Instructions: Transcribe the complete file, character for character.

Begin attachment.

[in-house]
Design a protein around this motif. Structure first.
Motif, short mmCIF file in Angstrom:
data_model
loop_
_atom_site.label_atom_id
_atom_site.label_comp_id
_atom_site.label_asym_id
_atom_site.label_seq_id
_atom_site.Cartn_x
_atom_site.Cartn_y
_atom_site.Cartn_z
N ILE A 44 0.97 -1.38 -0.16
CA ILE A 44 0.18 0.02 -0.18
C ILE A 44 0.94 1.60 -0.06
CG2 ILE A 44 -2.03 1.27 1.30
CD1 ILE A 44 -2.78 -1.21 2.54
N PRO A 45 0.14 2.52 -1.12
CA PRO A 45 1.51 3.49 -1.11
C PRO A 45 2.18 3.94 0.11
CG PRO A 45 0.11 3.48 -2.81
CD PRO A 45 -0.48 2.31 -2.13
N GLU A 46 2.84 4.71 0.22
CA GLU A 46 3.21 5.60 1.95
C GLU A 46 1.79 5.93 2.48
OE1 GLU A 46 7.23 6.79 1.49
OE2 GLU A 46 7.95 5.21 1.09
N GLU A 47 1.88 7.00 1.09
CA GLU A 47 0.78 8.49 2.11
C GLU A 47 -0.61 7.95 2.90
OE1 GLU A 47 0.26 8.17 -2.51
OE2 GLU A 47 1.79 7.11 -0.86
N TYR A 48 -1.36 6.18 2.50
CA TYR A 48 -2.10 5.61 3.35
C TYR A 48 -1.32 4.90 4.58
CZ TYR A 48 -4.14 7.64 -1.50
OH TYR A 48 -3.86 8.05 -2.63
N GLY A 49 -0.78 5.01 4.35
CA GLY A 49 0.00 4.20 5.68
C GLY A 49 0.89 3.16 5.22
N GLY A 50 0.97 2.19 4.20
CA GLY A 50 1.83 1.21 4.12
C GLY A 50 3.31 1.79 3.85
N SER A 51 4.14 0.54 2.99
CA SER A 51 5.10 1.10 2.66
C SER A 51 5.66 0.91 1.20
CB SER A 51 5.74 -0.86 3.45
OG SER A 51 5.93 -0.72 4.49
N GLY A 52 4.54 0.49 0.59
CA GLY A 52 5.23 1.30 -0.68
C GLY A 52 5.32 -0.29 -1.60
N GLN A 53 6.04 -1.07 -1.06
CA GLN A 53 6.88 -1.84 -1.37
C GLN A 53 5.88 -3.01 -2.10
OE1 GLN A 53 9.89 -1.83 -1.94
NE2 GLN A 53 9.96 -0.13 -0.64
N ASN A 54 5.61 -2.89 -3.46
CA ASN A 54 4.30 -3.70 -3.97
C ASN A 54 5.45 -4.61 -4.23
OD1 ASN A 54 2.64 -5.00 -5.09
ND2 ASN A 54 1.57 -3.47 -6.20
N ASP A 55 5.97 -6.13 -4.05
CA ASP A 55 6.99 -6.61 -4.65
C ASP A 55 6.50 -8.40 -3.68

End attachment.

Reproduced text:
[in-house]
Design a protein around this motif. Structure first.
Motif, short mmCIF file in Angstrom:
data_model
loop_
_atom_site.label_atom_id
_atom_site.label_comp_id
_atom_site.label_asym_id
_atom_site.label_seq_id
_atom_site.Cartn_x
_atom_site.Cartn_y
_atom_site.Cartn_z
N ILE A 44 0.97 -1.38 -0.16
CA ILE A 44 0.18 0.02 -0.18
C ILE A 44 0.94 1.60 -0.06
CG2 ILE A 44 -2.03 1.27 1.30
CD1 ILE A 44 -2.78 -1.21 2.54
N PRO A 45 0.14 2.52 -1.12
CA PRO A 45 1.51 3.49 -1.11
C PRO A 45 2.18 3.94 0.11
CG PRO A 45 0.11 3.48 -2.81
CD PRO A 45 -0.48 2.31 -2.13
N GLU A 46 2.84 4.71 0.22
CA GLU A 46 3.21 5.60 1.95
C GLU A 46 1.79 5.93 2.48
OE1 GLU A 46 7.23 6.79 1.49
OE2 GLU A 46 7.95 5.21 1.09
N GLU A 47 1.88 7.00 1.09
CA GLU A 47 0.78 8.49 2.11
C GLU A 47 -0.61 7.95 2.90
OE1 GLU A 47 0.26 8.17 -2.51
OE2 GLU A 47 1.79 7.11 -0.86
N TYR A 48 -1.36 6.18 2.50
CA TYR A 48 -2.10 5.61 3.35
C TYR A 48 -1.32 4.90 4.58
CZ TYR A 48 -4.14 7.64 -1.50
OH TYR A 48 -3.86 8.05 -2.63
N GLY A 49 -0.78 5.01 4.35
CA GLY A 49 0.00 4.20 5.68
C GLY A 49 0.89 3.16 5.22
N GLY A 50 0.97 2.19 4.20
CA GLY A 50 1.83 1.21 4.12
C GLY A 50 3.31 1.79 3.85
N SER A 51 4.14 0.54 2.99
CA SER A 51 5.10 1.10 2.66
C SER A 51 5.66 0.91 1.20
CB SER A 51 5.74 -0.86 3.45
OG SER A 51 5.93 -0.72 4.49
N GLY A 52 4.54 0.49 0.59
CA GLY A 52 5.23 1.30 -0.68
C GLY A 52 5.32 -0.29 -1.60
N GLN A 53 6.04 -1.07 -1.06
CA GLN A 53 6.88 -1.84 -1.37
C GLN A 53 5.88 -3.01 -2.10
OE1 GLN A 53 9.89 -1.83 -1.94
NE2 GLN A 53 9.96 -0.13 -0.64
N ASN A 54 5.61 -2.89 -3.46
CA ASN A 54 4.30 -3.70 -3.97
C ASN A 54 5.45 -4.61 -4.23
OD1 ASN A 54 2.64 -5.00 -5.09
ND2 ASN A 54 1.57 -3.47 -6.20
N ASP A 55 5.97 -6.13 -4.05
CA ASP A 55 6.99 -6.61 -4.65
C ASP A 55 6.50 -8.40 -3.68